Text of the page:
ARTISAN: I have heard stories of the great rooms within the temple. Some are decorated in gold and emeralds and sea shells and silver, and others are decorated with red stone and jasper. They must be very beautiful.
QUETZALCOATL: Yes, my son, but beauty must be in the eyes and mind of the master artisan to make it so. Remember this when you choose your craft. Just realize, beauty can be shown many ways. Let your mind wonder again, my son, about those master artisans whose measurements had to be true and exact for all the rooms, stairs, doors, windows, and all the other parts of the temple to fit properly. This also is beauty. Those master artisans should be proud of what they accomplished.
ARTISAN: Now that I see what is required of a master artisan, it amazes me even more.
I did not know how important knowledge was, or why one must labor so long to learn his craft and learn it well.
QUETZALCOATL: I must be leaving soon, as you already know. However, if you listen and labor with true masters of the craft, you shall soon learn the path you will want to follow. If you look at the pyramids, you will see other forms of beauty. The difficulties are many and much planning must be done before beginning such a task. See how the blocks are cut to fit exactly and the precision of the faces of the gods and the prophets as they decorate the walls.
ARTISAN: I see! I see old, great one!
QUETZALCOATL: 'Tis well my son that you begin to understand. When you choose, choose wisely for others will see the beauty you have created. The time has come to join your fellow artisans for the training and the preparation necessary to become a master artisan. I must leave you now and summon the great Tlalocs so that the feast of fires may begin.
Quetzalcoatl leaves the artisan in the audience and goes forward to the altar and kneels to summon the Tlalocs.
Spotlight is on Quetzalcoatl, as he chants. The spotlight slowly goes out and the backdrop lighting fades to night.

QUETZALCOATL: Oh, Great Tlalocs! Grant us your presence so that we may teach these lowly artisans to become Master Artisans of their trade.

Act Two

GUIDE: Oh, Supreme Tlaloc. Repeats 3 times - each time louder.
Those you see before you are artisans of the order of Quetzalcoatl who have studied hard and all, except for three, have gained much knowledge and have for some time before this ceremony been worthy of advancement to Master Artisans.
These three have studied hard by had acquired little knowledge. They have
traveled, but their fun came before their learning. They could not teach others for they had not the knowledge. Therefore, I personally counseled them for many hours and under my leadership, they have gained much knowledge. Each of them has promised to faithfully and fully comply with the requirements of their obligation. I do, therefore, confirm that these three are now ready to join their fellow Artisans in becoming Master Artisans.
ACTING CHIEF SUPREME TLALOC: Welcome my friends and brothers. With these words of welcome, you were first greeted upon your arrival in a teocali for initiation into our order.
You were told that now instead of the customary Masonic ritual and legends inspired by the eastern hemisphere, you would participate in a ceremony founded on an ancient legend of the west in which the dominant figure was that of the prophet and leader, Quetzalcoatl.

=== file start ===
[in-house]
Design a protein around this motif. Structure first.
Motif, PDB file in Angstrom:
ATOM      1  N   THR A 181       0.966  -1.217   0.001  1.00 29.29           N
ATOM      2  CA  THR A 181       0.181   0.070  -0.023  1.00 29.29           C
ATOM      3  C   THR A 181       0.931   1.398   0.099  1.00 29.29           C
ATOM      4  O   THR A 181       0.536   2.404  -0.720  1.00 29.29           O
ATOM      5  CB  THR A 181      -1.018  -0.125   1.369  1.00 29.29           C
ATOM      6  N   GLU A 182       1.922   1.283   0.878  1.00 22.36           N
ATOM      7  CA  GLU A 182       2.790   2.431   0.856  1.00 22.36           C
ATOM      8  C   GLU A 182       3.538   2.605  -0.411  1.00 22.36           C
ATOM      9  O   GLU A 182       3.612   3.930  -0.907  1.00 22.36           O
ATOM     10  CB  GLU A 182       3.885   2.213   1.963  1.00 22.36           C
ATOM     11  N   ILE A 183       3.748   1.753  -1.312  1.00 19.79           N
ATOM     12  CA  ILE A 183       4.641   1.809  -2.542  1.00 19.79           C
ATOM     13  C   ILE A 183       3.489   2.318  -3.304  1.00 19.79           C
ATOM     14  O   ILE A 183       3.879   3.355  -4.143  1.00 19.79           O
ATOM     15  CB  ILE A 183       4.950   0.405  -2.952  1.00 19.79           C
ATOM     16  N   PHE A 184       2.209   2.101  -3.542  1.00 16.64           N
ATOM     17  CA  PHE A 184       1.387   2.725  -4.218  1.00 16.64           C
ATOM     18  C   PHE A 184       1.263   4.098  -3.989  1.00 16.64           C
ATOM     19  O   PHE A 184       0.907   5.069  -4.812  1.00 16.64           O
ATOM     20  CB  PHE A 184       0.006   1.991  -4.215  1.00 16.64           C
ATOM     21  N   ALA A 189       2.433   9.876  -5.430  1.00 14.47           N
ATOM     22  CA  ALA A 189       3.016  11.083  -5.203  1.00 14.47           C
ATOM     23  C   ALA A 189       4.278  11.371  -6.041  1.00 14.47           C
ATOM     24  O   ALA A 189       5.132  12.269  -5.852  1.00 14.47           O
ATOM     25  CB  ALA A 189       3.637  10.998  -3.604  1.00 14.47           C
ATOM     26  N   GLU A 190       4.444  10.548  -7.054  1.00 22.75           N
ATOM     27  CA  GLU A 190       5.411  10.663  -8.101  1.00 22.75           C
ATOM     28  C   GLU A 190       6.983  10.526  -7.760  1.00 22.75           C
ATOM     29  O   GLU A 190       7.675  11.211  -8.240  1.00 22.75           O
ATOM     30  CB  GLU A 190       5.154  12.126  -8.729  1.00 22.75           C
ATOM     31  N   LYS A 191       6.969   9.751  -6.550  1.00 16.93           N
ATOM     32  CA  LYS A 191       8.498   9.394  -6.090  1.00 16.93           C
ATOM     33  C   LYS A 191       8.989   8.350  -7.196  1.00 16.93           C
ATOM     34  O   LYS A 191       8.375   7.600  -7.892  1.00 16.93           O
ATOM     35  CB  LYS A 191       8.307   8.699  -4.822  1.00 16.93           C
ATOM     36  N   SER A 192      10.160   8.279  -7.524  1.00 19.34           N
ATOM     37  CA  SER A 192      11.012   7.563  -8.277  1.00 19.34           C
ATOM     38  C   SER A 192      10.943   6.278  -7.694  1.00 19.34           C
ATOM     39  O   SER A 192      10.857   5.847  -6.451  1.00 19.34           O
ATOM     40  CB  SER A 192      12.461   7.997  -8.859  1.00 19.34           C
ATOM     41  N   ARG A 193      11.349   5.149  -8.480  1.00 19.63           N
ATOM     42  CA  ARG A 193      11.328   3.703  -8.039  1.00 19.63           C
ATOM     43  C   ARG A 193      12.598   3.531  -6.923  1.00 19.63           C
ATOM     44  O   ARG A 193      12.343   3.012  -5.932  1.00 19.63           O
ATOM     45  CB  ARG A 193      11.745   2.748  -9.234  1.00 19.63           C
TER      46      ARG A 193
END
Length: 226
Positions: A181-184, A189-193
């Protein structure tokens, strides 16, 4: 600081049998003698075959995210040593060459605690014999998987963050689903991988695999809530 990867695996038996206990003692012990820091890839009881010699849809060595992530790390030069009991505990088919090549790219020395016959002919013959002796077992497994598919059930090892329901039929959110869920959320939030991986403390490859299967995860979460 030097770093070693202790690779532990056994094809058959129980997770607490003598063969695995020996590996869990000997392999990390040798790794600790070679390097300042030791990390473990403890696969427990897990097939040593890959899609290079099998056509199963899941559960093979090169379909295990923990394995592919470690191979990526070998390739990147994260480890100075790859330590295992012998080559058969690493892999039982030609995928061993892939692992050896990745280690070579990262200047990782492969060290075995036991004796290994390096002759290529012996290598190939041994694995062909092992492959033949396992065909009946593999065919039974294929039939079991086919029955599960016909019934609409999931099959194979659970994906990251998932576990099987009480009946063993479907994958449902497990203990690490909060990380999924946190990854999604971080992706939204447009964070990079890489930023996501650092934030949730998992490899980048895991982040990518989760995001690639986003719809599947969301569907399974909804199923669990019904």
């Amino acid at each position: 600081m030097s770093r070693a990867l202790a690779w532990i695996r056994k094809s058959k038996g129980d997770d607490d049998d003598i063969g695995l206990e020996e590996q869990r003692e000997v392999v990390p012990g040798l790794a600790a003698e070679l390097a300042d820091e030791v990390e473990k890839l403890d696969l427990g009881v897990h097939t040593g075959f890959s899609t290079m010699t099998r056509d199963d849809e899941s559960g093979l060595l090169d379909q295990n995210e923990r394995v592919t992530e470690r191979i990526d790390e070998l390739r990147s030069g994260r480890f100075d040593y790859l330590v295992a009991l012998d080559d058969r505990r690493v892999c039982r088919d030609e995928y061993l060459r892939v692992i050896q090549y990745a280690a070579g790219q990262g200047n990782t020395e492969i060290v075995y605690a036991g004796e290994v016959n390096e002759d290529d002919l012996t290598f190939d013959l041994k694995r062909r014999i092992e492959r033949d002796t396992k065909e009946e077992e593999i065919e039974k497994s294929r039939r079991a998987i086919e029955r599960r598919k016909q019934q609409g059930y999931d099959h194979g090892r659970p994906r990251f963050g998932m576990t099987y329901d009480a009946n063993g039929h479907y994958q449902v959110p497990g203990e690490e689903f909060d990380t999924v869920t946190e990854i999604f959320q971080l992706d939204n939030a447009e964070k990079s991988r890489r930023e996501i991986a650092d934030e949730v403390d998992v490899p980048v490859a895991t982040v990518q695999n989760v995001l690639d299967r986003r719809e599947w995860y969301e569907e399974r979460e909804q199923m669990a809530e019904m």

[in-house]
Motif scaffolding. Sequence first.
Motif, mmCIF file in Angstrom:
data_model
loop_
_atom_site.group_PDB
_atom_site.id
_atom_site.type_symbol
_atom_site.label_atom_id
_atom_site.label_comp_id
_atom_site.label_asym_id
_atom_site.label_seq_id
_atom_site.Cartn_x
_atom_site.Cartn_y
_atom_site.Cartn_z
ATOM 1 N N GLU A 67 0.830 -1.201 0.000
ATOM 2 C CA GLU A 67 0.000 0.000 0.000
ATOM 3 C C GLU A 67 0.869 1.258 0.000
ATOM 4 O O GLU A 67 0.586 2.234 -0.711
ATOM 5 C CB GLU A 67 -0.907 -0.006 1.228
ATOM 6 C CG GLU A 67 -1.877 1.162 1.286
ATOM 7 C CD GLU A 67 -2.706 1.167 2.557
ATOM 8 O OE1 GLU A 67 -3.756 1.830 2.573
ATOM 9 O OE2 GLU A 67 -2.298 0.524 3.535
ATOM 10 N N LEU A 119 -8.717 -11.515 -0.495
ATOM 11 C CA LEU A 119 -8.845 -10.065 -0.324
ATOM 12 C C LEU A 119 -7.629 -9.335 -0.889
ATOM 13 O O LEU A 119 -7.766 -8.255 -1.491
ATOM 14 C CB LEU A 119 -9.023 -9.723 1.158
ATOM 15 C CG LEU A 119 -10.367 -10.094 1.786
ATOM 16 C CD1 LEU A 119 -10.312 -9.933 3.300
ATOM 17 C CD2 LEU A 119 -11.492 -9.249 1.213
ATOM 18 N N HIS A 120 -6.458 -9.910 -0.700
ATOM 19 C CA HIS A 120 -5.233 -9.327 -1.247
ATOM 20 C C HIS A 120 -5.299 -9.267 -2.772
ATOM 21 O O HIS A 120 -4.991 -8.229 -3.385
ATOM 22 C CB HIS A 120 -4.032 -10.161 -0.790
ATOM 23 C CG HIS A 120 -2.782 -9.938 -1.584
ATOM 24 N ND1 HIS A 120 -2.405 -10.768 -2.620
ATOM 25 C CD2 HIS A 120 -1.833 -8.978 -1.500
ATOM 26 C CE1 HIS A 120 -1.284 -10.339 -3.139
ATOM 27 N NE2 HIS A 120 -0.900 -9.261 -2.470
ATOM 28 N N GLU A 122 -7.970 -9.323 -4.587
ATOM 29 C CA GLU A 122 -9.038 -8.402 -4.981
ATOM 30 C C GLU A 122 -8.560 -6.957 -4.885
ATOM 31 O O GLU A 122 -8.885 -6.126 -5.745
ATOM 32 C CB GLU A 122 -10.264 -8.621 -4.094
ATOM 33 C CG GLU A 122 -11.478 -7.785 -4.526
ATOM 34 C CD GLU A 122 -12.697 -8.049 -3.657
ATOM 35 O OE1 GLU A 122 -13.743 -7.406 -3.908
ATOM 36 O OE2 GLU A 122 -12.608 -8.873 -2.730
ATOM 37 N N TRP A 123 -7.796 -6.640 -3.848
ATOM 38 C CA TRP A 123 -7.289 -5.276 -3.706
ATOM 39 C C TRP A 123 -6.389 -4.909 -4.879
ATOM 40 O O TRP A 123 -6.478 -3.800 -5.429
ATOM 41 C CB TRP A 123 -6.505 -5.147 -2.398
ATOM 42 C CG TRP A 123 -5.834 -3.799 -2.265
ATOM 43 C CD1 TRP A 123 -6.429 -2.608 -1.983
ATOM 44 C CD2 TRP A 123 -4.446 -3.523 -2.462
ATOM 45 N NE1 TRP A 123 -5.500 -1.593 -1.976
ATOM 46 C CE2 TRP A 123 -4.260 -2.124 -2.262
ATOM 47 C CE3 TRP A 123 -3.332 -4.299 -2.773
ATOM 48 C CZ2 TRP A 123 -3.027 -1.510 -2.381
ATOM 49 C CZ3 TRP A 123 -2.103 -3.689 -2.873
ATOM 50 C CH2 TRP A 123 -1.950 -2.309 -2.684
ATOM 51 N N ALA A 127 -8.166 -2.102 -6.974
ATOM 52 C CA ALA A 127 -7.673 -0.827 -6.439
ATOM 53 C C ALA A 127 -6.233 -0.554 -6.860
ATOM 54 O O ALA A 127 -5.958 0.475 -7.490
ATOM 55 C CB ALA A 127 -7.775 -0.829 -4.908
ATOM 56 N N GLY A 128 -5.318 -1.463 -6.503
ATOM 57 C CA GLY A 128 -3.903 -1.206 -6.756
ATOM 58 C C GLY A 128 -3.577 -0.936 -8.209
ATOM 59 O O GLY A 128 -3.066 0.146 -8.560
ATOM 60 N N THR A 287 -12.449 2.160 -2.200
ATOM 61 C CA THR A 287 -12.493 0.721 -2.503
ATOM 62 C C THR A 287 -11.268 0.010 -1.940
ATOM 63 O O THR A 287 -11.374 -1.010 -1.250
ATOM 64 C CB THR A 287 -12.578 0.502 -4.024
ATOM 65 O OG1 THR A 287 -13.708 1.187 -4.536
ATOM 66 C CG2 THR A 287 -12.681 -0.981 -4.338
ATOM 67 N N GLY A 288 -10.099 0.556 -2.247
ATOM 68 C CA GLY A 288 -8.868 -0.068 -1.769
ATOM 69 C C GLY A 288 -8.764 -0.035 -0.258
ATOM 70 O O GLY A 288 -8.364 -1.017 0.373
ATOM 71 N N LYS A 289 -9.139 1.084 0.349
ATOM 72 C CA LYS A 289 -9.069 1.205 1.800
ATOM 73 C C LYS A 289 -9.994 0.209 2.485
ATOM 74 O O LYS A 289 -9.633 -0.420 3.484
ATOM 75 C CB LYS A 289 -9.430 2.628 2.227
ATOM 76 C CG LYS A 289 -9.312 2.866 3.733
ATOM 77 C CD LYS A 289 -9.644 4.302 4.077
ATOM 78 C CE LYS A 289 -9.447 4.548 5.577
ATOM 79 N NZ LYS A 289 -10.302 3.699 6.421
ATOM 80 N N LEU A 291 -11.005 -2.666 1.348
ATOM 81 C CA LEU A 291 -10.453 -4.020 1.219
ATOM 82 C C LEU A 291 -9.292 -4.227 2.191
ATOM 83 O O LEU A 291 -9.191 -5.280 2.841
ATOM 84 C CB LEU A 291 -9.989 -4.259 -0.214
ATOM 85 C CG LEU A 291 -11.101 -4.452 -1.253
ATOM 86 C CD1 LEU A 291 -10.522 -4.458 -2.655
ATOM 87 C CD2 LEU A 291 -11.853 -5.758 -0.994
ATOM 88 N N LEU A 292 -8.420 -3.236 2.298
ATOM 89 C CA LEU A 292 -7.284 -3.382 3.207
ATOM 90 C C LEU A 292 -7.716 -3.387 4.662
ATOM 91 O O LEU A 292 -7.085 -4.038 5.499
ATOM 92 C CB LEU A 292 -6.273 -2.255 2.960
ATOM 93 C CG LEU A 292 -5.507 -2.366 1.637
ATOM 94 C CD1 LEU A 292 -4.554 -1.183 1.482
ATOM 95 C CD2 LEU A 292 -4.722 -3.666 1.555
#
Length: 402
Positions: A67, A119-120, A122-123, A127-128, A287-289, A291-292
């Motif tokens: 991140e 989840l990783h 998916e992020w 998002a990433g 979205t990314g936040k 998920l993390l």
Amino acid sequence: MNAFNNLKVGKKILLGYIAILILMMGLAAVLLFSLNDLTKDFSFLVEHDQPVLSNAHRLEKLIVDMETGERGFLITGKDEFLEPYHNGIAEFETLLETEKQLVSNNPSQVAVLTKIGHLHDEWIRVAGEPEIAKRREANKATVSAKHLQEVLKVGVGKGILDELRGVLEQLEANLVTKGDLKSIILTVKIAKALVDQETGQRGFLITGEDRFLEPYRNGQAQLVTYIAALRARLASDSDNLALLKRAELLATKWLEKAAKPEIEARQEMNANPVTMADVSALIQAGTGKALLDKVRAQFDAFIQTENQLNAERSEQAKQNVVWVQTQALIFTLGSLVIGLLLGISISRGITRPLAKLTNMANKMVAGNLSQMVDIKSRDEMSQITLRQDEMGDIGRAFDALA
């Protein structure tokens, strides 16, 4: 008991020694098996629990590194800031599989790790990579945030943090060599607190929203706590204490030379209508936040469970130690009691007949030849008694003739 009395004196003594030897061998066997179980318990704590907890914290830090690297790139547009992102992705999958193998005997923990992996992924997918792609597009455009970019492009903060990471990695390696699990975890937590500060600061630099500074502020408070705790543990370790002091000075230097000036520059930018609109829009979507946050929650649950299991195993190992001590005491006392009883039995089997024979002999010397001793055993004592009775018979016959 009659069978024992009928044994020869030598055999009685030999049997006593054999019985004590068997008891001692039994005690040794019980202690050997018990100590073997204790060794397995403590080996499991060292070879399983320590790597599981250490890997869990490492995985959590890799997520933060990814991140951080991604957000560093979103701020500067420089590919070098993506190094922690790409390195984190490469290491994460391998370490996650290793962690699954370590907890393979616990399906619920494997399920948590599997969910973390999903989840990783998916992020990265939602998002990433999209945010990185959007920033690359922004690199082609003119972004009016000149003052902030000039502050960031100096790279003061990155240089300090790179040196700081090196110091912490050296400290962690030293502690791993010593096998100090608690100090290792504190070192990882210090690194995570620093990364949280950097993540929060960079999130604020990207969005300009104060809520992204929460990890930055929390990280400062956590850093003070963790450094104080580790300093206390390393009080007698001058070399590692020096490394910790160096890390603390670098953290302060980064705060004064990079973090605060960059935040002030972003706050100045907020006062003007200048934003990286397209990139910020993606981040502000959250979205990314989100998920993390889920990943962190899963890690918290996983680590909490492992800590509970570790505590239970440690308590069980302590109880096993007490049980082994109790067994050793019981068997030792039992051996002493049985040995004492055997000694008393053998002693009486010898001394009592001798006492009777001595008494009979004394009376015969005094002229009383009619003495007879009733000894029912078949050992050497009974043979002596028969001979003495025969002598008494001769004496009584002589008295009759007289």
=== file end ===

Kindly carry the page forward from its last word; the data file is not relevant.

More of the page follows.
You were privileged to witness an allegorical play depicting the arrival of the "morning star," and learned of the early history of the Toltec tribe and of the philosophical battle between good and evil.
You then took a solemn oath and pledge of fulfillment to accomplish your mission on earth by striving to improve your knowledge of the liberal arts and sciences and to study the history and all other subjects bearing on the early inhabitants of this continent. All this, each of you promised to do, in order to be worthy of consecration as an artisan in the ancient order of Quetzalcoatl.
Since that time, you have traveled a great distance constantly adding to your store of knowledge.
Now, you again find yourselves in the presence of the great Tlalocs.
ACTING SUPREME CHIMALMA: Artisan Guide, have these petitioners been purified as required by our ancient rules of obligation?
GUIDE: Yes, Supreme Chimalma, each artisan has been purified by the elements of fire, water, wind, and earth.
ACTING SUPREME CAMAXTLI: Have these petitioners faithfully performed that which was required of them in their first obligation?
GUIDE: Oh! Supreme Camaxtli. Why must I, the lowly guide, still be questioned.
Did I not satisfy the Supreme Chilmalma and her concern of their purification? And still, Supreme Camaxtli, you question me about the knowledge and the integrity of these artisans, some of whom I personally have counseled.
Oh! I search my mind for the answer to your question.
Oh! Supreme Gods, help me, the lowly guide to find the answer to the questions.
After much searching and with the help of the Supreme Gods, I find there can be only one answer and it being thusly:
They have studied long and hard and acquired knowledge. They have traveled far and wide and have learned much. And Oh, yes, they have taught others. They have fulfilled and fully complied with the requirements of their obligation.
Must I say more?
CHIEF SUPREME TLALOC: Do you Artisan Guide dare to vouch for the integrity of these artisans, and do you know them to be worthy of consecration?
GUIDE: I do, Chief Supreme Tlaloc.
SUPREME CAMAXTLI: It is well. As Artisans, you were admonished to make a study of the early inhabitants of this continent. To help you fulfill this pledge, some of that history will be revealed to you at this time.